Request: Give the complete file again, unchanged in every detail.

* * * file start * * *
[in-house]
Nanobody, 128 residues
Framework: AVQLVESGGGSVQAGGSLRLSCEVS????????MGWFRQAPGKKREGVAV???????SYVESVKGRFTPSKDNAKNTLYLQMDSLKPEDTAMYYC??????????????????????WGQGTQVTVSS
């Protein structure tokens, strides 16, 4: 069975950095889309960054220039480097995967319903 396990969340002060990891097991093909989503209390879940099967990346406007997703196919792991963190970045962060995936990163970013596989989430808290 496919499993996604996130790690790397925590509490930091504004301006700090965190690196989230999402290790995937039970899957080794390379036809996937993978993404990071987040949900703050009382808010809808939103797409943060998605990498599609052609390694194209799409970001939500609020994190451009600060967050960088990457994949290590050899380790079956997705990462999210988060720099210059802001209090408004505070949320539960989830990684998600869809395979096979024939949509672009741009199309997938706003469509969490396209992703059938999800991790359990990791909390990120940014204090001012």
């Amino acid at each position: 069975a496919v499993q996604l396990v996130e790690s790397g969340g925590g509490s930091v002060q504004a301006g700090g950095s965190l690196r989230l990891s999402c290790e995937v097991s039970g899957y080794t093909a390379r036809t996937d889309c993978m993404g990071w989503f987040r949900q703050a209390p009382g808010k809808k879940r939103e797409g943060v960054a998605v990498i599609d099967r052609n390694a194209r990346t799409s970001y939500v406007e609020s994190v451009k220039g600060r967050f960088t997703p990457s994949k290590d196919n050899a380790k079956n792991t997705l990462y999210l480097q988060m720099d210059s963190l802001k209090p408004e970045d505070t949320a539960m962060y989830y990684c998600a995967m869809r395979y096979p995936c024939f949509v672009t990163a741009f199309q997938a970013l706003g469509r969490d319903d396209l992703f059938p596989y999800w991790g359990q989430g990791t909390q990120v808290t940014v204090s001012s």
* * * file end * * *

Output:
[in-house]
Nanobody, 128 residues
Framework: AVQLVESGGGSVQAGGSLRLSCEVS????????MGWFRQAPGKKREGVAV???????SYVESVKGRFTPSKDNAKNTLYLQMDSLKPEDTAMYYC??????????????????????WGQGTQVTVSS
């Protein structure tokens, strides 16, 4: 069975950095889309960054220039480097995967319903 396990969340002060990891097991093909989503209390879940099967990346406007997703196919792991963190970045962060995936990163970013596989989430808290 496919499993996604996130790690790397925590509490930091504004301006700090965190690196989230999402290790995937039970899957080794390379036809996937993978993404990071987040949900703050009382808010809808939103797409943060998605990498599609052609390694194209799409970001939500609020994190451009600060967050960088990457994949290590050899380790079956997705990462999210988060720099210059802001209090408004505070949320539960989830990684998600869809395979096979024939949509672009741009199309997938706003469509969490396209992703059938999800991790359990990791909390990120940014204090001012």
């Amino acid at each position: 069975a496919v499993q996604l396990v996130e790690s790397g969340g925590g509490s930091v002060q504004a301006g700090g950095s965190l690196r989230l990891s999402c290790e995937v097991s039970g899957y080794t093909a390379r036809t996937d889309c993978m993404g990071w989503f987040r949900q703050a209390p009382g808010k809808k879940r939103e797409g943060v960054a998605v990498i599609d099967r052609n390694a194209r990346t799409s970001y939500v406007e609020s994190v451009k220039g600060r967050f960088t997703p990457s994949k290590d196919n050899a380790k079956n792991t997705l990462y999210l480097q988060m720099d210059s963190l802001k209090p408004e970045d505070t949320a539960m962060y989830y990684c998600a995967m869809r395979y096979p995936c024939f949509v672009t990163a741009f199309q997938a970013l706003g469509r969490d319903d396209l992703f059938p596989y999800w991790g359990q989430g990791t909390q990120v808290t940014v204090s001012s």